Federal Government Cracks Down on Scammers

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Need to Know from SafeWise
  • New guidance from the Federal Communications Commission (FCC) and the Federal Trade Commission (FTC) aims to help consumers crack down on scams and unwanted charges.
  • The FTC proposes a rule allowing consumers to cancel unwanted subscriptions with one click.
  • The FTC also warns people that scammers are using artificial intelligence to target relatives.
  • Finally, the FCC issued new rules to crack down on text messages from suspicious sources that may be spam.

New rules and guidance from the federal government aim to help consumers not fall prey to online scams and money schemes. Recently, the Federal Communications Commission (FCC) and the Federal Trade Commission (FTC) have issued guidance to help consumers. At this point, none are enforceable or law—although the FCC’s text scam rules build on the Telephone Consumer Protection Act.

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These new guidelines come as many families report a new AI phishing scheme that targets grandparents. Artificially created voices mimic family members and convince grandparents to send money. It’s a scam that’s, unfortunately, sweeping the nation. The FTC put together guidelines to help families prevent these scams.

Many people are also receiving unwanted robotexts—I know I am. I receive a spam text almost daily saying my Amazon account is locked. (I don’t even have an Amazon account.) To help consumers, the FCC is issuing enforcement actions that force phone companies to crack down on these robotexts. The commission had success with a robocall crackdown in the past and hopes to mimic the success.

Finally, the FTC proposed a new rule that would help consumers who are charged for free trials and allows people to cancel subscriptions easily with one click. It can be hard to figure out company cancellation policies; many consumers get charged long after they stop using the service.

Will these new rules help consumers?

They should! And if nothing else, the FTC and FCC are bringing attention to these scams and subscription problems so that more consumers are aware.

However, both federal commissions cannot make laws, so it’s a long process.

Right now, the FTC is only offering guidance and proposals. That means they can tell consumers about the AI-assisted scam calls, but they can’t do anything about it yet. (They would like you to report any scams, though.) Unfortunately, it’s the same case with the FTC’s “Click to Cancel” plan—it’s a proposal, and public comments will soon open for the public.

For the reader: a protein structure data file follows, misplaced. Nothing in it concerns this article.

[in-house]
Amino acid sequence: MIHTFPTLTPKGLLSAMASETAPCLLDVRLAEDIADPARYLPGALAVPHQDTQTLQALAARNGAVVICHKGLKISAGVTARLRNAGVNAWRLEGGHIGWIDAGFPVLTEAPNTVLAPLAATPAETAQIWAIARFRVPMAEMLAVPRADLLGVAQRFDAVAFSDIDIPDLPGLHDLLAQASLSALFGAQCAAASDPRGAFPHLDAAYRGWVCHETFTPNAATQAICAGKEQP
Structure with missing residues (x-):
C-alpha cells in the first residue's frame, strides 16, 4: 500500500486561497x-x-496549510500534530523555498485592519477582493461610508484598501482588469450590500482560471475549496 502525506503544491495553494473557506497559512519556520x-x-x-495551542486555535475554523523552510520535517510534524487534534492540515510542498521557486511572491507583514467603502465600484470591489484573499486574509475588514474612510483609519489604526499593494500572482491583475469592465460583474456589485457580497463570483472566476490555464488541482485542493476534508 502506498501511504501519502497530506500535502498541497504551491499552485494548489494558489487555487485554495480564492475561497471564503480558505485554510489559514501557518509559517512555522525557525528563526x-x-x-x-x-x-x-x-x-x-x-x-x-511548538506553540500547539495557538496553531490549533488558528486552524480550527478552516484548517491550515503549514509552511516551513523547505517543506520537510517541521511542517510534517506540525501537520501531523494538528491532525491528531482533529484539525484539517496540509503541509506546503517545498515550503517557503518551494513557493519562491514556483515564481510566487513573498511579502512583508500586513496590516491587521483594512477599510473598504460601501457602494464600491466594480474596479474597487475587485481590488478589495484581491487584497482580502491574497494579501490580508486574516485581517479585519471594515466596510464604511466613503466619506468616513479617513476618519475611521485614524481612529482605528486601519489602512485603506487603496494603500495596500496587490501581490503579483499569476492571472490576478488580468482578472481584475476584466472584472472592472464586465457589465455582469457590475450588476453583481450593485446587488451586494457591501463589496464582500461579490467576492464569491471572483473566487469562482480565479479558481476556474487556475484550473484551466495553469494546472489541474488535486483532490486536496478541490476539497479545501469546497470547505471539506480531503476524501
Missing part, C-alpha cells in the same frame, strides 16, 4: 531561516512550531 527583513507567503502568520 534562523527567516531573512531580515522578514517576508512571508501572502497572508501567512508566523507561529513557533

It’s a bit different for the FCC, though. The commission has adopted rules that build on the Telephone Consumer Protection Act and should be enforceable. In fact, according to the press release, the FCC’s rules “require mobile service providers to block certain robot text messages.” The FCC is taking public comment on further proposals to protect mobile phone users from unwanted texts.

While the guidelines are a good step forward, both the FTC and FCC rely on consumer feedback to know if the tools are working and if other things would help protect consumers.

If you’re still finding that you’re receiving text message scams, contact the FCC. And if you’re having trouble getting rid of that pesky subscription or receiving AI scam calls, contact the FTC.

Alex Kerai
Written by
Alex Kerai
Alex began writing for student newspapers and has managed to turn that into a career. During the COVID-19 pandemic, he wrote about small businesses for Biz2Credit and Business.org. Before that, he spent time in communications for higher education institutions, created marketing materials for nonprofits, and worked for entertainment companies in Los Angeles. Today, he reports on emerging consumer trends and his work can be seen on The Penny Hoarder, Business.org, Reviews.org, Move.org, WhistleOut.com, CableTV.com, HighSpeedInternet.com, and SatelliteInternet.com. When he's not writing, Alex watches too much TV, plays guitar, reads and writes fiction, and goes on nature walks.

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